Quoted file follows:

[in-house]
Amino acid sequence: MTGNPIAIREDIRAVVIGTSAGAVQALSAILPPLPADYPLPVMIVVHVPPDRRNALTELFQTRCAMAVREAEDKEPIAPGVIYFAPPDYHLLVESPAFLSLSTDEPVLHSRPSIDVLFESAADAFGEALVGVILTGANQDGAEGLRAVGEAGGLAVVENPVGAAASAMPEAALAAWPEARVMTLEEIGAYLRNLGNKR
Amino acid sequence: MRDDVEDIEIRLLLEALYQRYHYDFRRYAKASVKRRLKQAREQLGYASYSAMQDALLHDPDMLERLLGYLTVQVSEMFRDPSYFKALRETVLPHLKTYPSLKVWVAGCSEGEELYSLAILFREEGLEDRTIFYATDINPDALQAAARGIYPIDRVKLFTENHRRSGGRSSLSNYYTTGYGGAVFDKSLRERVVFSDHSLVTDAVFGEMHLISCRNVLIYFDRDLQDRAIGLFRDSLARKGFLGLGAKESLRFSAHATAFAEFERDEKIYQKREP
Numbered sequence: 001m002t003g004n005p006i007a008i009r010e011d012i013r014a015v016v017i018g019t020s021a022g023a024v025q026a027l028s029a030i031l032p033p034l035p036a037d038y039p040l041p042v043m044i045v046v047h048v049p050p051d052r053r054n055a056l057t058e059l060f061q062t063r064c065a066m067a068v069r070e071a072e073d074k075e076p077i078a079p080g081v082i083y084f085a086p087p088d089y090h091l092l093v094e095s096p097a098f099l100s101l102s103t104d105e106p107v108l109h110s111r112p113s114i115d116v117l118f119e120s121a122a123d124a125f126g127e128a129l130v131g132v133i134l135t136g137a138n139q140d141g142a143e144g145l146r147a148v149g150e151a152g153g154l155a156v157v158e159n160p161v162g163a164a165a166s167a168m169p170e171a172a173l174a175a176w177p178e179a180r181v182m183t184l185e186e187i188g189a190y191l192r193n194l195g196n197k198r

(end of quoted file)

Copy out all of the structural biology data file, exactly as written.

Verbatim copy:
[in-house]
Amino acid sequence: MTGNPIAIREDIRAVVIGTSAGAVQALSAILPPLPADYPLPVMIVVHVPPDRRNALTELFQTRCAMAVREAEDKEPIAPGVIYFAPPDYHLLVESPAFLSLSTDEPVLHSRPSIDVLFESAADAFGEALVGVILTGANQDGAEGLRAVGEAGGLAVVENPVGAAASAMPEAALAAWPEARVMTLEEIGAYLRNLGNKR
Amino acid sequence: MRDDVEDIEIRLLLEALYQRYHYDFRRYAKASVKRRLKQAREQLGYASYSAMQDALLHDPDMLERLLGYLTVQVSEMFRDPSYFKALRETVLPHLKTYPSLKVWVAGCSEGEELYSLAILFREEGLEDRTIFYATDINPDALQAAARGIYPIDRVKLFTENHRRSGGRSSLSNYYTTGYGGAVFDKSLRERVVFSDHSLVTDAVFGEMHLISCRNVLIYFDRDLQDRAIGLFRDSLARKGFLGLGAKESLRFSAHATAFAEFERDEKIYQKREP
Numbered sequence: 001m002t003g004n005p006i007a008i009r010e011d012i013r014a015v016v017i018g019t020s021a022g023a024v025q026a027l028s029a030i031l032p033p034l035p036a037d038y039p040l041p042v043m044i045v046v047h048v049p050p051d052r053r054n055a056l057t058e059l060f061q062t063r064c065a066m067a068v069r070e071a072e073d074k075e076p077i078a079p080g081v082i083y084f085a086p087p088d089y090h091l092l093v094e095s096p097a098f099l100s101l102s103t104d105e106p107v108l109h110s111r112p113s114i115d116v117l118f119e120s121a122a123d124a125f126g127e128a129l130v131g132v133i134l135t136g137a138n139q140d141g142a143e144g145l146r147a148v149g150e151a152g153g154l155a156v157v158e159n160p161v162g163a164a165a166s167a168m169p170e171a172a173l174a175a176w177p178e179a180r181v182m183t184l185e186e187i188g189a190y191l192r193n194l195g196n197k198r